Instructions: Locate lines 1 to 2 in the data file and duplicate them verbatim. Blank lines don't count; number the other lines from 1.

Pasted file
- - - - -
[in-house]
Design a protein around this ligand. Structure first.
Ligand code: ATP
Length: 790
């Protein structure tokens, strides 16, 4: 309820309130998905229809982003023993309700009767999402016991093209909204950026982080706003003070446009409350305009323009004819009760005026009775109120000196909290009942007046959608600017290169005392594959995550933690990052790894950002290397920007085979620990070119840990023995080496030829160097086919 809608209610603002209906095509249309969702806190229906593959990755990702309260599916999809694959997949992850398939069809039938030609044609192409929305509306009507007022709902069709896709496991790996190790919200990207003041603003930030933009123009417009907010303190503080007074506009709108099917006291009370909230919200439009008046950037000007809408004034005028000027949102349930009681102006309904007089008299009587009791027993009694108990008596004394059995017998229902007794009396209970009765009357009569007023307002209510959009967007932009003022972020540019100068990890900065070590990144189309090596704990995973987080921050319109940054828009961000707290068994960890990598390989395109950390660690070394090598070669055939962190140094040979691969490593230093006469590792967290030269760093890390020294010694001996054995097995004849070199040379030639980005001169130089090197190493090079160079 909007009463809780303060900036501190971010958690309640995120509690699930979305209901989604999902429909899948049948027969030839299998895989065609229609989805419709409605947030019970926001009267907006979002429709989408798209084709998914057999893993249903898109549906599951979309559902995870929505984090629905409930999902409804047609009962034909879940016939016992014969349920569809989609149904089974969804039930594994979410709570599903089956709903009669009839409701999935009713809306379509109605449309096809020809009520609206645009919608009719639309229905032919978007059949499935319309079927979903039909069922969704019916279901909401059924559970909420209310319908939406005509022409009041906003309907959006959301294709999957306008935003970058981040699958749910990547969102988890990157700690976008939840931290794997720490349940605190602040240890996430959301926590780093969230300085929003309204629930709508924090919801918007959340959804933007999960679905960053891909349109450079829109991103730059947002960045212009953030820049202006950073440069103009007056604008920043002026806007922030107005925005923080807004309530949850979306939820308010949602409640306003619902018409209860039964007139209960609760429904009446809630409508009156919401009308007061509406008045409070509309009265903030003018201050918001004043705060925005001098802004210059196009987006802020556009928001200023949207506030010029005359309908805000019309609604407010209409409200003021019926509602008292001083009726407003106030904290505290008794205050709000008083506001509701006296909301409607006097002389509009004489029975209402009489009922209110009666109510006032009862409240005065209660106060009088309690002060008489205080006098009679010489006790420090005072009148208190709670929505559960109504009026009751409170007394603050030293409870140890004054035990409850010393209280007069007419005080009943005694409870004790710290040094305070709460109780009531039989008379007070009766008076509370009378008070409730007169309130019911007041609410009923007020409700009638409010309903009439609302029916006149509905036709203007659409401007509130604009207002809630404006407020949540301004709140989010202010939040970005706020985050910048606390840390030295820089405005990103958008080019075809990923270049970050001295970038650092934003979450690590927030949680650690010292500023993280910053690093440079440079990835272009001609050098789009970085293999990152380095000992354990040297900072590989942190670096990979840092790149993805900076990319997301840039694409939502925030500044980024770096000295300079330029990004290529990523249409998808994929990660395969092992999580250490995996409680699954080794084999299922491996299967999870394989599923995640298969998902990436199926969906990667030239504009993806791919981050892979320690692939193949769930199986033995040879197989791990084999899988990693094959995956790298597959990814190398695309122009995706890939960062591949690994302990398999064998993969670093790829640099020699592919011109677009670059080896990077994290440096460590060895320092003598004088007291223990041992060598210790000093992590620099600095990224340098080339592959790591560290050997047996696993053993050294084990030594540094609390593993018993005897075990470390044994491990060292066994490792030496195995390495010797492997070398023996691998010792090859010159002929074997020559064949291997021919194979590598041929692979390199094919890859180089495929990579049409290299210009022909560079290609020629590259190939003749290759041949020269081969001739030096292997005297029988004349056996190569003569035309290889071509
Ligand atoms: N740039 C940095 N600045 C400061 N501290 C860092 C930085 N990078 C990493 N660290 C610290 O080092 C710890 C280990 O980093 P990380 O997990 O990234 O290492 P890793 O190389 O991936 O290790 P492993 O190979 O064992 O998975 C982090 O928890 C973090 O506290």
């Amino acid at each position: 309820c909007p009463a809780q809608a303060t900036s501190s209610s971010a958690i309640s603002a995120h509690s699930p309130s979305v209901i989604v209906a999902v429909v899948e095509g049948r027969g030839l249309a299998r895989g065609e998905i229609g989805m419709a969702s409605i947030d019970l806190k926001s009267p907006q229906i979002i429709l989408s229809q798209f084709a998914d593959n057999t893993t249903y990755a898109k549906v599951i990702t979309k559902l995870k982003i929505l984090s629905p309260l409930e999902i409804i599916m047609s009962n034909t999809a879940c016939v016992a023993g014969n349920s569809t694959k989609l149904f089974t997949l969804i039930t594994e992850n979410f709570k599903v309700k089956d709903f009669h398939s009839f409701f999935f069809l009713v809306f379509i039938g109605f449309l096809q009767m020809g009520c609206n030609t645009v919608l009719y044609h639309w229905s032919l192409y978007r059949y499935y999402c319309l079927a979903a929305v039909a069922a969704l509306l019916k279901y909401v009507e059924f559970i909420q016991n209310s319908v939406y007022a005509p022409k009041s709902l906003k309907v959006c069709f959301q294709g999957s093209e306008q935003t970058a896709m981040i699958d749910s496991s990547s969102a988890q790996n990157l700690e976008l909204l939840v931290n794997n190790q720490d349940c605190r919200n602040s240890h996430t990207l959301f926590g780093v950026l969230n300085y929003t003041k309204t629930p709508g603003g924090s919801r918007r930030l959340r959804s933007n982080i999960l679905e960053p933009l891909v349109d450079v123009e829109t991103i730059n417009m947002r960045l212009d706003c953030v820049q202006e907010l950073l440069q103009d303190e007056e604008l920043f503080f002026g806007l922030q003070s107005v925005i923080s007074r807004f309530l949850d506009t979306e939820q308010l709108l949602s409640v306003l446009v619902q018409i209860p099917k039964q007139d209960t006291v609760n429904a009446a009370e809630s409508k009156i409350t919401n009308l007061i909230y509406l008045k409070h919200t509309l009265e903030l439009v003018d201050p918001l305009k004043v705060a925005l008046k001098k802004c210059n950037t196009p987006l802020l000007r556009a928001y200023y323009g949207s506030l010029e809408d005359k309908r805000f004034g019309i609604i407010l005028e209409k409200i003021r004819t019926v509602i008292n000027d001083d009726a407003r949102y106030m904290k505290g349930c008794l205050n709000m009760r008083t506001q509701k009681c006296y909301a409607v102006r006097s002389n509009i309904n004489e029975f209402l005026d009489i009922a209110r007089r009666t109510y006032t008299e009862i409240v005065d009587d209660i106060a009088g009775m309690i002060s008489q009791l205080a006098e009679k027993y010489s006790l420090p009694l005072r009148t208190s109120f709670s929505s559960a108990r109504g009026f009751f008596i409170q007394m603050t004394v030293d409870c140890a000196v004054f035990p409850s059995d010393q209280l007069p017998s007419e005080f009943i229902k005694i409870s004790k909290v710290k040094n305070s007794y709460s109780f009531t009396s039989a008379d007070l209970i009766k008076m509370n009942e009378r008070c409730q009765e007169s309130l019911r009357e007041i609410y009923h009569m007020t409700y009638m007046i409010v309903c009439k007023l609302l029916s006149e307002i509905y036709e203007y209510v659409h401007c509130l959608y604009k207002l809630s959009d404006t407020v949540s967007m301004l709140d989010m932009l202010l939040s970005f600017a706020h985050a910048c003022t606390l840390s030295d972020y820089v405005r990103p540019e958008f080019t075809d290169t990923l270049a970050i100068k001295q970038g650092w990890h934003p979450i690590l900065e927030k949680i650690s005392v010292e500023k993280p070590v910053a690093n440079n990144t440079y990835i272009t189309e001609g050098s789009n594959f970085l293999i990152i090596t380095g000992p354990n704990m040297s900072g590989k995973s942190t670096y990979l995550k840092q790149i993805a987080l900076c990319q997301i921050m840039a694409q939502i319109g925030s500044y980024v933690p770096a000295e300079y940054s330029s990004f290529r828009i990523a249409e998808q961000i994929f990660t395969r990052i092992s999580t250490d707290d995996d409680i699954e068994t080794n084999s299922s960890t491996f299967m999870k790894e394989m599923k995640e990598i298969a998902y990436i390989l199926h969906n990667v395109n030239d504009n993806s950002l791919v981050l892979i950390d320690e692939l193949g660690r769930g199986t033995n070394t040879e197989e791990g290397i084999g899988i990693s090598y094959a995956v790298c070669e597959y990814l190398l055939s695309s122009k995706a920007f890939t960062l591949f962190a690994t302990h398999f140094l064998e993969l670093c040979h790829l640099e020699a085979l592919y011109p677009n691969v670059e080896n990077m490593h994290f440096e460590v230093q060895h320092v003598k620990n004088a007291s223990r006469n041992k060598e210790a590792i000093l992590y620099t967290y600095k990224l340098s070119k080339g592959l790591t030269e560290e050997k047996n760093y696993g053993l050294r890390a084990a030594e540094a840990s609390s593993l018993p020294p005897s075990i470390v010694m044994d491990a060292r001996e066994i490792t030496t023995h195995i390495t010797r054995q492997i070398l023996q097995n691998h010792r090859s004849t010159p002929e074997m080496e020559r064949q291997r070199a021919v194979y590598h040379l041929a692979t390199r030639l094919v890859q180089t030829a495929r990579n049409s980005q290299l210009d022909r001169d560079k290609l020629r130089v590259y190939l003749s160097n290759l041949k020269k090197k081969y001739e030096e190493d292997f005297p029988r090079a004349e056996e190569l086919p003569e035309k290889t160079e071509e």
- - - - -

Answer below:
[in-house]
Design a protein around this ligand. Structure first.